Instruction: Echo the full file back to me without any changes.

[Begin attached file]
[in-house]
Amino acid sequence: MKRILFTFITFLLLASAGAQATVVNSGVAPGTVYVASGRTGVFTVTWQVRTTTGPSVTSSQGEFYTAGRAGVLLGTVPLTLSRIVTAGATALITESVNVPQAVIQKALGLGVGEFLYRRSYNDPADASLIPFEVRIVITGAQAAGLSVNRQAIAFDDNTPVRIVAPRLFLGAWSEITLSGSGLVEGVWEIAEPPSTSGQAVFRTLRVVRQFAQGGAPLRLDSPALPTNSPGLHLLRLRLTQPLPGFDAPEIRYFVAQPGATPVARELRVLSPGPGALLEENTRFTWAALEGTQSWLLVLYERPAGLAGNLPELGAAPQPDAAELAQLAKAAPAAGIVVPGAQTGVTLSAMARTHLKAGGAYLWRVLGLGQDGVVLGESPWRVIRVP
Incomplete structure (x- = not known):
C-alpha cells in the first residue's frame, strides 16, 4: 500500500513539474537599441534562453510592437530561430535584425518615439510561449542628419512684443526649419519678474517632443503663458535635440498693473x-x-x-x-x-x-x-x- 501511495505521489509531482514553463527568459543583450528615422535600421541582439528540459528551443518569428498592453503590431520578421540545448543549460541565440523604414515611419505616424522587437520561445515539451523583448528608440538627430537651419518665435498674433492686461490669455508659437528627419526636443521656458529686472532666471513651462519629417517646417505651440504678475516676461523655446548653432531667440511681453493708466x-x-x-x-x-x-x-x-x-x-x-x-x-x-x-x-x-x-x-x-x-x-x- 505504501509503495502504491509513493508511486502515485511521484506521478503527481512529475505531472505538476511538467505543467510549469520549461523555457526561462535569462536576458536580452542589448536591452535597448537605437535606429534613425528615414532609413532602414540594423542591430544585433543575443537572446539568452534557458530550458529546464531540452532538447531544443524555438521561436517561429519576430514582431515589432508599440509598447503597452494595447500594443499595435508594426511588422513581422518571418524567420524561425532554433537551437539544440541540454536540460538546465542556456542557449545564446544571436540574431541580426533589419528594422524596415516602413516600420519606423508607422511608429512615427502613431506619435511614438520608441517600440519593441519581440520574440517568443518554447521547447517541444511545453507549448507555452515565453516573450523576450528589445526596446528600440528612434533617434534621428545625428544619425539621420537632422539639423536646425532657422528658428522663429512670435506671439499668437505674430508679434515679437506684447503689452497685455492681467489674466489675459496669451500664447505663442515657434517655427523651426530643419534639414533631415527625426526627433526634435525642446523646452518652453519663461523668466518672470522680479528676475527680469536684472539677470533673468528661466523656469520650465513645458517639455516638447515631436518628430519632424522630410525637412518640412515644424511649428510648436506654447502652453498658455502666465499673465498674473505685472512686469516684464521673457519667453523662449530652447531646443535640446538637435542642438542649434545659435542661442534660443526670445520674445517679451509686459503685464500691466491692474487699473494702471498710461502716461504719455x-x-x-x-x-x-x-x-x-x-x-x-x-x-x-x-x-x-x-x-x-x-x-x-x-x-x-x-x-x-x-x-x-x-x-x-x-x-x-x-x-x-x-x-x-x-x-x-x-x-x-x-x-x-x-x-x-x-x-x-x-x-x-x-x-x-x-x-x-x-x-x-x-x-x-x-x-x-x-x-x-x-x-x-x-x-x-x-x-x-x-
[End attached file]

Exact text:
[in-house]
Amino acid sequence: MKRILFTFITFLLLASAGAQATVVNSGVAPGTVYVASGRTGVFTVTWQVRTTTGPSVTSSQGEFYTAGRAGVLLGTVPLTLSRIVTAGATALITESVNVPQAVIQKALGLGVGEFLYRRSYNDPADASLIPFEVRIVITGAQAAGLSVNRQAIAFDDNTPVRIVAPRLFLGAWSEITLSGSGLVEGVWEIAEPPSTSGQAVFRTLRVVRQFAQGGAPLRLDSPALPTNSPGLHLLRLRLTQPLPGFDAPEIRYFVAQPGATPVARELRVLSPGPGALLEENTRFTWAALEGTQSWLLVLYERPAGLAGNLPELGAAPQPDAAELAQLAKAAPAAGIVVPGAQTGVTLSAMARTHLKAGGAYLWRVLGLGQDGVVLGESPWRVIRVP
Incomplete structure (x- = not known):
C-alpha cells in the first residue's frame, strides 16, 4: 500500500513539474537599441534562453510592437530561430535584425518615439510561449542628419512684443526649419519678474517632443503663458535635440498693473x-x-x-x-x-x-x-x- 501511495505521489509531482514553463527568459543583450528615422535600421541582439528540459528551443518569428498592453503590431520578421540545448543549460541565440523604414515611419505616424522587437520561445515539451523583448528608440538627430537651419518665435498674433492686461490669455508659437528627419526636443521656458529686472532666471513651462519629417517646417505651440504678475516676461523655446548653432531667440511681453493708466x-x-x-x-x-x-x-x-x-x-x-x-x-x-x-x-x-x-x-x-x-x-x- 505504501509503495502504491509513493508511486502515485511521484506521478503527481512529475505531472505538476511538467505543467510549469520549461523555457526561462535569462536576458536580452542589448536591452535597448537605437535606429534613425528615414532609413532602414540594423542591430544585433543575443537572446539568452534557458530550458529546464531540452532538447531544443524555438521561436517561429519576430514582431515589432508599440509598447503597452494595447500594443499595435508594426511588422513581422518571418524567420524561425532554433537551437539544440541540454536540460538546465542556456542557449545564446544571436540574431541580426533589419528594422524596415516602413516600420519606423508607422511608429512615427502613431506619435511614438520608441517600440519593441519581440520574440517568443518554447521547447517541444511545453507549448507555452515565453516573450523576450528589445526596446528600440528612434533617434534621428545625428544619425539621420537632422539639423536646425532657422528658428522663429512670435506671439499668437505674430508679434515679437506684447503689452497685455492681467489674466489675459496669451500664447505663442515657434517655427523651426530643419534639414533631415527625426526627433526634435525642446523646452518652453519663461523668466518672470522680479528676475527680469536684472539677470533673468528661466523656469520650465513645458517639455516638447515631436518628430519632424522630410525637412518640412515644424511649428510648436506654447502652453498658455502666465499673465498674473505685472512686469516684464521673457519667453523662449530652447531646443535640446538637435542642438542649434545659435542661442534660443526670445520674445517679451509686459503685464500691466491692474487699473494702471498710461502716461504719455x-x-x-x-x-x-x-x-x-x-x-x-x-x-x-x-x-x-x-x-x-x-x-x-x-x-x-x-x-x-x-x-x-x-x-x-x-x-x-x-x-x-x-x-x-x-x-x-x-x-x-x-x-x-x-x-x-x-x-x-x-x-x-x-x-x-x-x-x-x-x-x-x-x-x-x-x-x-x-x-x-x-x-x-x-x-x-x-x-x-x-